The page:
Timber regulations like the Lacey Act wood amendment and EUTR are increasingly being used to regulate the international trade of tropical forest products. Advocates often cite the need to reduce tropical deforestation. But deforestation is not uniquely a tropical problem…

See: When logging in the Amazon is greener than U.S. timber harvests

Nor is illegal logging…

See: 40% of British Columbia timber inspections in June allegedly non-compliant

See: Is wood distribution from rigged timber sales illegal under the Lacey Act?

So why are these timber regulations being used to control tropical wood flows, but not domestic ones?

The Lacey Act

The Lacey Act amendment could equally be applied to wood flows originating from, and occurring within, the United States.

According to the Lacey Act:

It is unlawful for any person—

(1) to import, export, transport, sell, receive, acquire, or purchase any fish or wildlife or plant taken, possessed, transported, or sold in violation of any law, treaty, or regulation of the United States or in violation of any Indian tribal law;

(2) to import, export, transport, sell, receive, acquire, or purchase in interstate or foreign commerce—

(A) any fish or wildlife taken, possessed, transported, or sold in violation of any law or regulation of any State or in violation of any foreign law;

(B) any plant—

(i) taken, possessed, transported, or sold in violation of any law or regulation of any State, or any foreign law, that protects plants or that regulates—

(I) the theft of plants;

(II) the taking of plants from a park, forest reserve, or other officially protected area;

(III) the taking of plants from an officially designated area; or

(IV) the taking of plants without, or contrary to, required authorization;

(ii) taken, possessed, transported, or sold without the payment of appropriate royalties, taxes, or stumpage fees required for the plant by any law or regulation of any State or any foreign law; or

(iii) taken, possessed, transported, or sold in violation of any limitation under any law or regulation of any State, or under any foreign law, governing the export or transshipment of plants; or

However, despite being frequently used to regulate the harvest and trade of interstate wildlife in the United States, the Lacey Act is rarely used to regulate illegal logging and trade of U.S. wood products.

Is this because the amendment is intended primarily to protect U.S. wood producers?

To protect U.S. wood producers

In the words of a Research Forester with the USDA Forest Service, “The Lacey Act Amendment of 2008 (LAA) was enacted most proximately as a way of reducing aggregate demand for illegally obtained timber products globally.”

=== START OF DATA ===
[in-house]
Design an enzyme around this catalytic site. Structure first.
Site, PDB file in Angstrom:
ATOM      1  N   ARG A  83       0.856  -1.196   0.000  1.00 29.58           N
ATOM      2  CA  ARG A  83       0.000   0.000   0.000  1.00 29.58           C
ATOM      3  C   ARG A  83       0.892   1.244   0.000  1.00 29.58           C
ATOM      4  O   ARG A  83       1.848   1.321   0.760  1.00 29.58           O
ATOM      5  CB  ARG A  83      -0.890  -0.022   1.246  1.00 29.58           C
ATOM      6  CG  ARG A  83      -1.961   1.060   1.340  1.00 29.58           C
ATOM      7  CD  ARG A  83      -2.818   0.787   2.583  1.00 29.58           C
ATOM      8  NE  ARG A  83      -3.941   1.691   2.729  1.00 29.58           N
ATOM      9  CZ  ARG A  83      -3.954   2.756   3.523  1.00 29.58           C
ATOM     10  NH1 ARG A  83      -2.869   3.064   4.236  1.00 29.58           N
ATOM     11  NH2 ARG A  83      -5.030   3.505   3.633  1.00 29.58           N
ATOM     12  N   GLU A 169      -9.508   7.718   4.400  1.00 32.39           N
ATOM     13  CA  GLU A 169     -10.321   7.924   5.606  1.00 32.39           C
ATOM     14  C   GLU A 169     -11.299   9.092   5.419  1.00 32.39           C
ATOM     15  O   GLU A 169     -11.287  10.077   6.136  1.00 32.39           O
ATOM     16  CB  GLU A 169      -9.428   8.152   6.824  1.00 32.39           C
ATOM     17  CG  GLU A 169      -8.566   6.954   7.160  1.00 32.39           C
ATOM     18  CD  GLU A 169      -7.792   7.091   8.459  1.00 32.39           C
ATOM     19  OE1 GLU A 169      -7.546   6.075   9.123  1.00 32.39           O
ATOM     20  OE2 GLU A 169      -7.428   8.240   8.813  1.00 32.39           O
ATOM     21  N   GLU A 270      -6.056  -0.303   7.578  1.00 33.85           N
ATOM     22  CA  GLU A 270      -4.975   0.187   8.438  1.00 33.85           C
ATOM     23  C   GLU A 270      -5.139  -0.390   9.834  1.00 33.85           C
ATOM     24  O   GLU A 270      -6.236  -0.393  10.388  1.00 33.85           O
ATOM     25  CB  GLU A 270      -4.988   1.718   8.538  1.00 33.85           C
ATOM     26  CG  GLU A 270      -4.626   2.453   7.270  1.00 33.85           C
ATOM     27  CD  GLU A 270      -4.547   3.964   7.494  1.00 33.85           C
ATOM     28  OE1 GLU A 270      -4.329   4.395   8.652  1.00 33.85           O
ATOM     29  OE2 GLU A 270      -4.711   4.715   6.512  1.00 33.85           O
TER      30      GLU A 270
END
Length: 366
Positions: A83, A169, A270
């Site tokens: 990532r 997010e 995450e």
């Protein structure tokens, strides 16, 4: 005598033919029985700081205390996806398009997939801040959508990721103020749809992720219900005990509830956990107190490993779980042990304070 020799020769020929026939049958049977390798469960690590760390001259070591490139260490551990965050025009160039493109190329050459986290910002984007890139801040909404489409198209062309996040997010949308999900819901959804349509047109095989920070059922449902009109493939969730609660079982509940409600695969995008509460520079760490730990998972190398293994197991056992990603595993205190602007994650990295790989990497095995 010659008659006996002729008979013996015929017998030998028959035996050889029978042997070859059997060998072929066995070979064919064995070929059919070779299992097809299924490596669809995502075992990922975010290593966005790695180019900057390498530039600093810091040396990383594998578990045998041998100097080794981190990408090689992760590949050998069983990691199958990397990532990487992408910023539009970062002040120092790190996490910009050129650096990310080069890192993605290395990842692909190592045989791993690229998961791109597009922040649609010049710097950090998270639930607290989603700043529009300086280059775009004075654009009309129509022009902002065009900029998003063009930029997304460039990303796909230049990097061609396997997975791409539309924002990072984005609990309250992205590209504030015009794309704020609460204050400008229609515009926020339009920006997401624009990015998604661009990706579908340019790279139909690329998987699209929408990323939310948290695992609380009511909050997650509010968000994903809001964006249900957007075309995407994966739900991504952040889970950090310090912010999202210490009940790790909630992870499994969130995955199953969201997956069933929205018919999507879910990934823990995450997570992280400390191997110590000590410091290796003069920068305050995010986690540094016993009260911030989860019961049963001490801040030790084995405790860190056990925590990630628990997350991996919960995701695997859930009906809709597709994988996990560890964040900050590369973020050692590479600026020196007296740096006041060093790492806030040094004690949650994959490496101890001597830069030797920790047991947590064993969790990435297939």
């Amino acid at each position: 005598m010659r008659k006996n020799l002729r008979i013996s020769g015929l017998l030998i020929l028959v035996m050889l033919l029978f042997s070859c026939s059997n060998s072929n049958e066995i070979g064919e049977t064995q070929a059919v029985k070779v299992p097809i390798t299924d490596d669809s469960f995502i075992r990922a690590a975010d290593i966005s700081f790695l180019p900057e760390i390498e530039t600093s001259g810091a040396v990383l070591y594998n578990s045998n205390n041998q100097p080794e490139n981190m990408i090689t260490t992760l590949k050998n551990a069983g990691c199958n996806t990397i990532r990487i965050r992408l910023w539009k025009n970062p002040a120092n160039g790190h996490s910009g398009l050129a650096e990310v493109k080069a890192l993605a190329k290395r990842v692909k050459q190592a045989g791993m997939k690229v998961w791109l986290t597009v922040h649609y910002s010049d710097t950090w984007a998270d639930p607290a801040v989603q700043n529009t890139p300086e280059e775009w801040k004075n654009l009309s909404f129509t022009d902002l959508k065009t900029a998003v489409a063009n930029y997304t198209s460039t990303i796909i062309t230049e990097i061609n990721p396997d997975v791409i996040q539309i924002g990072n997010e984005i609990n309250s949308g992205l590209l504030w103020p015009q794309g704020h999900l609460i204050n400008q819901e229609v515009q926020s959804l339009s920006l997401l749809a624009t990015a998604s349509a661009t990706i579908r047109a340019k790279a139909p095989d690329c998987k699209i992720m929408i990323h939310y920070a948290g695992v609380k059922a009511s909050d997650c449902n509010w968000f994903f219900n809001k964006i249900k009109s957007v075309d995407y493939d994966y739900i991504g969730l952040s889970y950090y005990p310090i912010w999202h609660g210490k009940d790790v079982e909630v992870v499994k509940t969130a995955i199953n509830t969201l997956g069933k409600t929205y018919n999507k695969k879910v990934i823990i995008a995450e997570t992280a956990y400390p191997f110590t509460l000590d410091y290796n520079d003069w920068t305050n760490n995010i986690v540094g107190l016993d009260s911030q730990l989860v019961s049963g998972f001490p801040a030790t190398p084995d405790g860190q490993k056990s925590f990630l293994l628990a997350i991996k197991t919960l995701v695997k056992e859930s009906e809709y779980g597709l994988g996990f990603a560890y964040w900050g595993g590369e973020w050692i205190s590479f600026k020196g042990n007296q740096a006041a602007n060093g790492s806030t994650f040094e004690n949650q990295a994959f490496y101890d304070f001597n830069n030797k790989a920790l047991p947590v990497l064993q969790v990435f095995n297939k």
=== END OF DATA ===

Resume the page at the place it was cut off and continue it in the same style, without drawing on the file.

According to Prestemon, “…having such material entering global markets serves to depress world wood product prices, indirectly and negatively affecting U.S. producers.”

…having such material entering global markets serves to depress world wood product prices, indirectly and negatively affecting U.S. producers.

Jeffrey P. Prestemon – Research Forester, USDA Forest Service

From this perspective, the motivation for the Lacey Act wood amendment was never to reduce deforestation, but to prevent low prices from negatively affecting U.S. producers.

In fact, organizations of U.S. workers and forest product producers were among the original supporters of the 2008 Lacey Act amendment. Here’s a list, according to the Environmental Investigation Agency (EIA):

  • United Steelworkers
  • International Brotherhood of Teamsters
  • American Forest & Paper Association
  • Society of American Foresters
  • National Hardwood Lumber Association
  • Greenpeace
  • The Sierra Club
  • EIA
  • …and numerous other environmental NGOs.

This could explain why the Lacey Act is more commonly used to control tropical wood flows, and rarely used to enforce the illegal trade of wood products originating from within U.S. forests. (An occurrence that is both frequent, and seemingly of significant scale.)

See: Two Alaska timber sales were not managed in accordance with USDA Forest Service policy

What effect on tropical forests?

When used to regulate tropical wood flows, what impact does the Lacey Act have on tropical forest product demand? And, and turn, how might this influence tropical deforestation? These questions will be considered in the next posts in this series:

Are the Lacey Act and EUTR contributing to tropical deforestation? Evidence from Peru and Indonesia.

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